Review by Senran
"Sure is nostalgia in here."
After years of badgering by fans all over the world, Game Freak finally caved in to the demands of players, making the remakes of the decade-old Pokemon Gold and Silver versions for the Game Boy Color. The road from Pokemon FireRed and LeafGreen to HeartGold and SoulSilver was not an easy one. During the five year difference from FireRed and LeafGreen to HeartGold and SoulSilver, other mainstream Pokemon games were released. Pokemon Emerald. Pokemon Diamond and Pearl. Pokemon Platinum. But for some, these games just didn't do it for them. Whether they had legitimate gripes with the newer games or they were just yearning for their childhoods, people had something against games from the third generation onward, even going as far as not considering anything after Gold and Silver canon. So after five years of Internet-fueled speculation, fake fan-made games, jokes and wars of words on Pokemon game forums, Game Freak responded, to the delight of the fans. Even if their goal was just to make money for themselves and Nintendo, Game Freak went all out on HeartGold and SoulSilver on everything from the smallest aesthetics to the overall enjoyability of the games, without ruining the memories given to us veterans from the originals.
Game play: 9/10. As I've said in my reviews of previous installments of mainstream Pokemon games, rarely have we seen any drastic changes to the basics of Pokemon battling. Gold and Silver introduced a special stat split from Red and Blue, dividing it into Special Attack and Special Defense. Ruby and Sapphire introduced double and tag battles. Diamond and Pearl introduced the physical and special attack split, which meant that attacks were no longer considered physical or special based on elements, but were defined as physical or special based on other factors ( for example, Fire Punch was considered a special attack until the fourth generation, but became physical because punches need to be physically landed in order to inflict damage). The only real difference in main game play would be the addition of new attacks many Pokemon could learn that they wouldn't have been able to learn in Diamond, Pearl and Platinum, but that isn't very groundbreaking or significant. Individual and Effort Values are also still getting the attention they've been getting since Ruby and Sapphire, so nothing new there, aside from the fact that you can use the Power Anklet, Band, Belt, Bracer, Lens and Weight to pass down the exact IVs of a parent Pokemon to an offspring by breeding. The replacement of the VS Seeker by the Poke Gear's cell phone is also a minor turn-off to me, especially since the VS Seeker made EV training a breeze in Diamond, Pearl and Platinum.
These games, however, introduce a groundbreaking mechanic unlike any other Pokemon game. These games come packed with a device called a PokeWalker, which is reminiscent of the Pokemon Pikachu Tamagotchi device of the nineties. This device allows you to send any Pokemon from HeartGold or SoulSilver into the device, which earns them experience points and even allows them to grow one level per session if you gain enough experience points. Used like a pedometer, you can walk around to gain currency to buy shots at getting items or catching Pokemon that can be sent into your game. While it may seem gimmicky, it's actually a very handy tool for those who seek to complete their Poke Dex. The PokeWalker is also small and easy to lose, so be sure to use the belt strap it comes with.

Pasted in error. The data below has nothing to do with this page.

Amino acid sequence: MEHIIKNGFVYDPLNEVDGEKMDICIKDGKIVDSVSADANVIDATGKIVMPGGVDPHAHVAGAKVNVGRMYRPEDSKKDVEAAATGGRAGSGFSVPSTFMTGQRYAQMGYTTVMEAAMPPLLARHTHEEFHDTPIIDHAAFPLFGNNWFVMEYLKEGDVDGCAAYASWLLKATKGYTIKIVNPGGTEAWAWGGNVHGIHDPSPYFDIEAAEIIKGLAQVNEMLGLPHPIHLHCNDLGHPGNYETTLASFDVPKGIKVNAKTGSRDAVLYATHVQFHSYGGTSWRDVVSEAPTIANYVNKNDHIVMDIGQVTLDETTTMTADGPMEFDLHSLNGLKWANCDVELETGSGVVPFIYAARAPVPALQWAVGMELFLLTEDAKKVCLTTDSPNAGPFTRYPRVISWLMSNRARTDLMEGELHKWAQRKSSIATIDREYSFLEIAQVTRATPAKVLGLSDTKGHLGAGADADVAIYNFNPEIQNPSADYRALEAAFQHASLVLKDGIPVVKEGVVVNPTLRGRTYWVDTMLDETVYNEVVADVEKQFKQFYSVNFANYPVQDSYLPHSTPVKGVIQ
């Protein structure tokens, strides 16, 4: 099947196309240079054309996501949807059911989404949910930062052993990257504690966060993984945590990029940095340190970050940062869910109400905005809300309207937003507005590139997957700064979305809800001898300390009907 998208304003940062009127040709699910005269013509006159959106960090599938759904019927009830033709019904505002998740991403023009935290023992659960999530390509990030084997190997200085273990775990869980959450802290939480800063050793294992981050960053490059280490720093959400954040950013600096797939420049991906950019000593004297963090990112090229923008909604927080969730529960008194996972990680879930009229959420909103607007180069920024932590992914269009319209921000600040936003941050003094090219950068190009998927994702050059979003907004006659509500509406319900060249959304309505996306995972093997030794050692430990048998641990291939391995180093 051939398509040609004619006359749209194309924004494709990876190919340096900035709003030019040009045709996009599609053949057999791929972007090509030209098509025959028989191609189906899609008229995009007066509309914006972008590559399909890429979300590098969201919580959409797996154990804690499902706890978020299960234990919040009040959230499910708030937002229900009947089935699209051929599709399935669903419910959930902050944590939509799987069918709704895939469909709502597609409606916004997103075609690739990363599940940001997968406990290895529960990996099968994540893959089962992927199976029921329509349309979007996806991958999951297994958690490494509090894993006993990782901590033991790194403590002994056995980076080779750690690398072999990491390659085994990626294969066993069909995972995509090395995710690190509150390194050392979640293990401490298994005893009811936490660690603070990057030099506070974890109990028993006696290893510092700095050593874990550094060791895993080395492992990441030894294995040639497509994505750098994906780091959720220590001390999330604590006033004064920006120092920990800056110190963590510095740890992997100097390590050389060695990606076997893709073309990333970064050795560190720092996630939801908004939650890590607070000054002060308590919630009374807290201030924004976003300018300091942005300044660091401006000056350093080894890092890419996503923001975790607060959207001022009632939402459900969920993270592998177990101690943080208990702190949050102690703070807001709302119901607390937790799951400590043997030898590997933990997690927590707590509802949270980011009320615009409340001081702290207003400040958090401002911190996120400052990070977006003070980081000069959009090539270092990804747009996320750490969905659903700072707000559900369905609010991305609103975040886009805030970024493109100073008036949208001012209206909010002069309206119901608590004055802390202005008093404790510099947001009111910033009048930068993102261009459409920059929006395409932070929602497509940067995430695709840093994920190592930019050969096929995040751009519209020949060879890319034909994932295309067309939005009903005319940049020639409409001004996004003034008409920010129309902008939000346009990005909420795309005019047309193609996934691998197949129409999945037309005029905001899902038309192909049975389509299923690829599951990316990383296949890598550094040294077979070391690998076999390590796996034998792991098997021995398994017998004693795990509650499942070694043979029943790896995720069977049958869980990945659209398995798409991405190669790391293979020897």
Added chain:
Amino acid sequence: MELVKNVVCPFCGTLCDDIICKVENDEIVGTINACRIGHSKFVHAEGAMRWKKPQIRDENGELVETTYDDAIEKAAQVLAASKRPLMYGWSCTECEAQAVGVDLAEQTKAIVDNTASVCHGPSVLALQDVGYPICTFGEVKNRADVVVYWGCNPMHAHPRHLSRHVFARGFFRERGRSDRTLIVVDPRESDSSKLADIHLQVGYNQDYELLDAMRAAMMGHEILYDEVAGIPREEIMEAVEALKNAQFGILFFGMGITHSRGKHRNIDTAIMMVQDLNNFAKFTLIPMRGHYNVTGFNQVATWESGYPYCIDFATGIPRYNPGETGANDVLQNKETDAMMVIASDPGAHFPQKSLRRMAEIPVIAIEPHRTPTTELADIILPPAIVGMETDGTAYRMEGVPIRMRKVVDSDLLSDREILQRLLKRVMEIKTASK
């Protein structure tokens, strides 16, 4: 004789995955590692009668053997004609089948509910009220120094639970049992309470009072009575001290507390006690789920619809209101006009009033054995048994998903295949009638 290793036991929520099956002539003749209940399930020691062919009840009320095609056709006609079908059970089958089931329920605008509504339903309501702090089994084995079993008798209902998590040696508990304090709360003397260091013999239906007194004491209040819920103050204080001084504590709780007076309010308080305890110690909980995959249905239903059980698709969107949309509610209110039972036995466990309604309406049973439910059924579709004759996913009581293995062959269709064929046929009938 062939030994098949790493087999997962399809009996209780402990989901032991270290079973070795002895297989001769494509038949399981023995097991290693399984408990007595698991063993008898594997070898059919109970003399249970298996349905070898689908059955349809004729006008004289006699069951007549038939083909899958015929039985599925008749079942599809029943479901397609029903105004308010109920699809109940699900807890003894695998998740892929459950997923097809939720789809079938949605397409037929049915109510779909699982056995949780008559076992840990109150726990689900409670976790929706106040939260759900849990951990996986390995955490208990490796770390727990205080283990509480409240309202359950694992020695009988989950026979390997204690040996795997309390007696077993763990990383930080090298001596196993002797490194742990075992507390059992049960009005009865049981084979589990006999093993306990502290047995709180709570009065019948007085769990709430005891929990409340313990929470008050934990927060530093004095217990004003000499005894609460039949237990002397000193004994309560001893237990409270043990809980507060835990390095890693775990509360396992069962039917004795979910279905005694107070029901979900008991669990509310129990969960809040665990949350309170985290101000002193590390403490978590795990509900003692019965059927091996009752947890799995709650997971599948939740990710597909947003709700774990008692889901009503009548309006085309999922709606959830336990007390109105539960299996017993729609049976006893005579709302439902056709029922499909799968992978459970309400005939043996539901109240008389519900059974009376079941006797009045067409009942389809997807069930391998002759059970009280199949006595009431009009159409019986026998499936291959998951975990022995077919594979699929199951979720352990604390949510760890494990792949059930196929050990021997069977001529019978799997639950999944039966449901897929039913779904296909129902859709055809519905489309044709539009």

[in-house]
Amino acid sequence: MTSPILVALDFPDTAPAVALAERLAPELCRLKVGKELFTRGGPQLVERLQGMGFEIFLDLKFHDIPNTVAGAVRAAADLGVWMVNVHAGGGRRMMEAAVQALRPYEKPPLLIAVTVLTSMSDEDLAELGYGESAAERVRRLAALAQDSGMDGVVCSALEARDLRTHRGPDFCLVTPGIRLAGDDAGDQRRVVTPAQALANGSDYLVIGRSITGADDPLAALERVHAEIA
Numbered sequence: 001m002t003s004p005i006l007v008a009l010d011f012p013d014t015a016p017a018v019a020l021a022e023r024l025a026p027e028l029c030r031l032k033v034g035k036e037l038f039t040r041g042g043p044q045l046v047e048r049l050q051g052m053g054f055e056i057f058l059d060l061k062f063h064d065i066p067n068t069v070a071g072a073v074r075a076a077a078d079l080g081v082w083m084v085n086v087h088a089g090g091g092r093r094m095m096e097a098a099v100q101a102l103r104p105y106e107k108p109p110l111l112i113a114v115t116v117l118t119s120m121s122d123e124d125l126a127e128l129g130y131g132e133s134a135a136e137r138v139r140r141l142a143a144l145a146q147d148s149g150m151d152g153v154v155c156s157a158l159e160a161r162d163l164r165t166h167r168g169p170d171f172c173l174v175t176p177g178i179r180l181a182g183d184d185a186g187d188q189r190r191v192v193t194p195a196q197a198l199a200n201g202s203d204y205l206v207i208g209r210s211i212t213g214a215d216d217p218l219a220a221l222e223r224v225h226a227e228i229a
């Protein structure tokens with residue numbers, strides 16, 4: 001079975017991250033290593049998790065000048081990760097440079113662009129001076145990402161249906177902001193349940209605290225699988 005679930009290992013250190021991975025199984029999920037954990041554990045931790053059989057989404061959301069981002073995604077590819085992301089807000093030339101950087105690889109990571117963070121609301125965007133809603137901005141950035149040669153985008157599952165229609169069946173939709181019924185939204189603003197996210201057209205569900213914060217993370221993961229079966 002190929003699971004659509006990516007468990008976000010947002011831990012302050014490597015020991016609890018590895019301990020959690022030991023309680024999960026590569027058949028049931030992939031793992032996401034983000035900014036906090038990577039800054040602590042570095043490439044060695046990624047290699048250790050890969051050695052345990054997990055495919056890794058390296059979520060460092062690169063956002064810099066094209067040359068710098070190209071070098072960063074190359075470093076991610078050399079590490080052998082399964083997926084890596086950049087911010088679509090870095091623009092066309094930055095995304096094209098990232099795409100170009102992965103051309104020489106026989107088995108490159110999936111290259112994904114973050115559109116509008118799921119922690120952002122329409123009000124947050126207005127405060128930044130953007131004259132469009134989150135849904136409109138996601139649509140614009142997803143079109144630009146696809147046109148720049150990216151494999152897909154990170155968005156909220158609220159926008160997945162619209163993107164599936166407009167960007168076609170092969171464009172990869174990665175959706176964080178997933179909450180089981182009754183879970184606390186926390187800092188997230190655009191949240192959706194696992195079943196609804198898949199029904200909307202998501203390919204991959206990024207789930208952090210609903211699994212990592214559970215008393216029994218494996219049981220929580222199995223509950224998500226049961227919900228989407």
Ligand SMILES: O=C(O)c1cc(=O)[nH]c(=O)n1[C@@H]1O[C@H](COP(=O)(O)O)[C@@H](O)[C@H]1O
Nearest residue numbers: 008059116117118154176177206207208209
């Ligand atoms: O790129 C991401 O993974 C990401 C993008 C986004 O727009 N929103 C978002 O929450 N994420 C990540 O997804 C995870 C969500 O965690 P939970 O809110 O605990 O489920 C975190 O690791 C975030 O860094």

Game Freak made game play aesthetics an art form in Heart Gold in SoulSilver. In the original Gold and Silver, the Johto region was essentially Red and Blue's Kanto region, but considerably smaller and lacking, and with a rearranged map, cities and atmosphere. Even though the Kanto region was included, it was if Kanto had gone through a nuclear war and was in the middle of reconstruction during the three year difference from Red and Blue to Gold and Silver, with many cities and landmarks either watered down or ultimately wiped off the map (Cinnabar City was destroyed due to a volcanic eruption, Mount Moon and Rock Tunnel were stripped of several floors... I could go on). On top of it all, whatever wasn't watered down was a carbon copy of the Kanto from Red and Blue. HeartGold and SoulSilver managed to fix that, however. While Cinnabar is still gone, some parts of Kanto have made a return, such as the Seafoam Islands, and some new areas were even added to Johto and Kanto. The cities also have an individual feel to them, as though Game Freak poured their hearts into each area and let them flourish. Roads in both Johto and Kanto have been given the royal treatment, and buildings aren't the same from city to city. Game Freak even tossed in a few quirks, such as the Magnet Train becoming a monorail and being able to hear bodies of water when you stand close enough to oceans or water fountains. Game Freak even added the ability to walk with any of the 493 Pokemon in existence, something fans have been begging for since Red and Blue. A coincidence that they include one of the most wanted aesthetic features in Pokemon with what may be the most demanded Pokemon game of all time? Maybe, maybe not.